A Fool-Proof Recipe for Stakeholder Engagement

State Broadband Office

Few things are as controversial as family recipes that rely on the same ingredients but have different preparation processes. 

Let’s be honest. Can anyone really make a rub like your proverbial Uncle Pete’s?   

States, much like families, all have a desired outcome for their stakeholder engagement efforts but take different approaches. What’s important, however, is that states are in agreement of the essential ingredients to engage stakeholders for BEAD and beyond. 


Build as much of a robust network of loosely organized (yet effective!) task forces for local communities across your states as possible 

State broadband offices should establish a directory of stakeholders for communities across their entire state. Listed in this directory should be elected officials, nonprofit leaders, grassroots volunteers and key community leaders, regional planning organizations and economic development officials. 

“Many states will see that there’s going to be key individuals in each community that wear multiple hats mostly on a volunteer basis,” Earnie Holtrey, Indiana’s former state broadband director, said. “That’s where we found them in Indiana whether it was economic development officers at the county level or really passionate individuals who had taken up the cause for years.” 

Don’t forget to look: Looking to these local community leaders to figure out best practices for promoting events and call-to-actions. Some communities might be heavily engaged on Facebook or others might be really engaged in a local elected official’s newsletter.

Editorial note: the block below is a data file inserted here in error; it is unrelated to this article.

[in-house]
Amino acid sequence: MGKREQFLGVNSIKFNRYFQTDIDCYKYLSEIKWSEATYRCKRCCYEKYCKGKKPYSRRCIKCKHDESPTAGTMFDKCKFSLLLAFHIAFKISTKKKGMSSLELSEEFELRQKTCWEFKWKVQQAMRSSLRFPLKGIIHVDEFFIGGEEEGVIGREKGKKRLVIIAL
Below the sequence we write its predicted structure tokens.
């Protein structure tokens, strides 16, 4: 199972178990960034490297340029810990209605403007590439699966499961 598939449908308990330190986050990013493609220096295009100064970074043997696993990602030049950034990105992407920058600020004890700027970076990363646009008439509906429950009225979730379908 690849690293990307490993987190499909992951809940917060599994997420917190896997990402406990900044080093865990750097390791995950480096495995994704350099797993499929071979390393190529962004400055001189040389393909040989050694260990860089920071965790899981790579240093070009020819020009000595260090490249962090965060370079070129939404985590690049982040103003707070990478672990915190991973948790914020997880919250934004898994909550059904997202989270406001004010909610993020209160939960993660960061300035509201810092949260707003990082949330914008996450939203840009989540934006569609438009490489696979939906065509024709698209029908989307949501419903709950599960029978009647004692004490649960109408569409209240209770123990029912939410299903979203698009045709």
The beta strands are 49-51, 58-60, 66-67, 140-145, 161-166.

“It’s important to leverage these existing resources and expertise within these local communities to enhance broadband infrastructure and services,” Holtrey said. 

Meet the stakeholders where they are and actually listen to them. 

Don’t: Make rural and underserved communities, anchor institutions, such as libraries, schools and healthcare centers and Tribal communities an afterthought. 

State broadband offices should be present in communities across their state to learn about the on-the-ground challenges faced by stakeholders and sharing how they plan to solve them. 

Venneth Iyengar, executive director of Connect Louisiana, and Thomas Tyler, deputy director of Connect Louisiana, have built a network that has allowed them to travel to all 64 of Louisiana’s parishes and over 100 towns and villages

Next door in Mississippi, Sally Doty, director of Broadband Expansion and Accessibility of Mississippi (BEAM), has consistently been on the road traveling across the 48,430 square miles of the Magnolia State since the agency’s first event in October 2022.  

“You have to reach people in different ways,” Doty said. “You’ve got to use every different method you can to try and reach out to people.” 

One of the best methods to ensure that you’re listening to stakeholders is establishing clear feedback mechanisms that will continuously gather input from local communities. Doing so ensures that the strategic plan remains responsive to evolving needs.